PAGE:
The gentleman in the middle is Mr J Ridley who is now president of the Northumberland Football Association. Unfortunately, five of our lads made the great sacrifice [in WWI]."

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A postcard written by Bob Thompson

Unfortunately, five of our lads made the great sacrifice.

He later appeared in a photo, below, of Blyth Spartan’s Munitionettes (1917). Bob is on the far left of the second row. 


Around this time, Bob passed the shorthand theory examination, held in connection with St Mary’s Church, and a postcard mentions he was living at 89 Disraeli Street, Blyth (see the (stamped) postcard image below), when he was awarded a shorthand certificate by Sir Isaac Pitman & Sons, Ltd., Bath.

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"This after barely a dozen lessons in the study of the “winged art”," said the report. "[Robert] has studied under the guidance of the Rev. R. W. Lambert, curate of St. Mary’s, to whom the success of the class is due."

 

At some point, his sister moved to New South Wales, Australia, but we have no further information about her.

 

Bob's tenure as secretary of Blyth Spartans Ladies lasted until August 8, 1918, when he announced his retirement in the Blyth News and Wansbeck Telegraph. He was succeeded by Sammy Ryder, who lived at 30 Cowpen Square, but the season 1918/19 proved to be short lived for Blyth Spartans Ladies. The end of the war and demobilisation meant their last recorded match was on September 3.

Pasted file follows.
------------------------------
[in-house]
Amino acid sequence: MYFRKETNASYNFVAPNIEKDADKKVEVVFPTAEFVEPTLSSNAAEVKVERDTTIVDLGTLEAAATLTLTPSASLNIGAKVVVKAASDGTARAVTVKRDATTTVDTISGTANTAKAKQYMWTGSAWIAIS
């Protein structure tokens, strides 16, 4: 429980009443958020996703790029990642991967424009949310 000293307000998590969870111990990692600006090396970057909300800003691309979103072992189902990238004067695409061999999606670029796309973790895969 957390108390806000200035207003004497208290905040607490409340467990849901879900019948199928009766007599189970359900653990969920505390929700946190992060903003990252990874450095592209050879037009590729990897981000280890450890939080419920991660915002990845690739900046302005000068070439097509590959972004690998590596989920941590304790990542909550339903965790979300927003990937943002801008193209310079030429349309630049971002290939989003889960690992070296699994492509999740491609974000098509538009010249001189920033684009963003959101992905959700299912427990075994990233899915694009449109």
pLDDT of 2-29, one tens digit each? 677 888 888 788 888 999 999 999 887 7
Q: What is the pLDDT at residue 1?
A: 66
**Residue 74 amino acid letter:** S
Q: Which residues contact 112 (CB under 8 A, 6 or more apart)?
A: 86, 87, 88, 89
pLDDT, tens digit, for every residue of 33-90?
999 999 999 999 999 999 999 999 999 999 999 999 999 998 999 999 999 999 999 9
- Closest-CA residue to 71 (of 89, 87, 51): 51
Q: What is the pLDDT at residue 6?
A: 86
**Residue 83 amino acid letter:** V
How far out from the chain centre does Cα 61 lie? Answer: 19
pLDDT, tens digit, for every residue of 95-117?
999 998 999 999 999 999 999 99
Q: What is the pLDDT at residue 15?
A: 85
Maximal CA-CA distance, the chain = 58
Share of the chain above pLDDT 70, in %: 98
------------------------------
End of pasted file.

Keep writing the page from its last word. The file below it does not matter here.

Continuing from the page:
Bob worked for The Blyth News in 1921 and went on to have a long career in journalism. His first pen name was Nor’ Easter, and he adopted the moniker ‘Crofter’ on August 23, 1928. In his book, True Tales of Blyth and Other Places (2002), Jim Harland says "Crofter" was taken from his regular attendances at Croft Park (the home of Blyth Spartans AFC).

 

Bob later became a Sports Correspondent for The Northern Echo, part of the same group of newspapers as the Blyth News.

 

In 1930, aged 36, Bob married 24-year-old Melissa Dixon (born August 13, 1906).

 

Aged 45 when WWII broke out in 1939, the family was living at 1 Third Avenue, Blyth, comprising Melissa (aged 33), twin sons Robert and Brian (born February 1, 1932), and possibly his mother-in-law, Elizabeth Dixon, who was 74 at the time.

 

Writing in 1946 about Rev. Osmund Stock, who was vicar of St. Mary’s Church for 21 years before moving - accompanied by his two sisters - to Stratford-on-Avon in April 1918, he said: "Many people felt that they had lost three very dear friends. As a boy I was a member of the Sunday School class carried on by one of the sisters, and my tangible recollection of Mr Stock is a book received from him 38 years ago. He wrote in that book that it was presented in memory of my confirmation on March 18, 1908."

 

Bob officially retired on August 30, 1968 (aged 73) but continued to contribute to the Blyth News by letters. Historian Gordon Smith has traced Bob's last newspaper cutting to April 15, 1981. "But that's not proof of his very last submission," said Gordon. "There could be more and we are always keen to hear from anyone who knows."

 

Bob died in the first quarter of 1982, aged 87.

 

He too, is a forgotten hero.

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Bob Thompson "Crofter"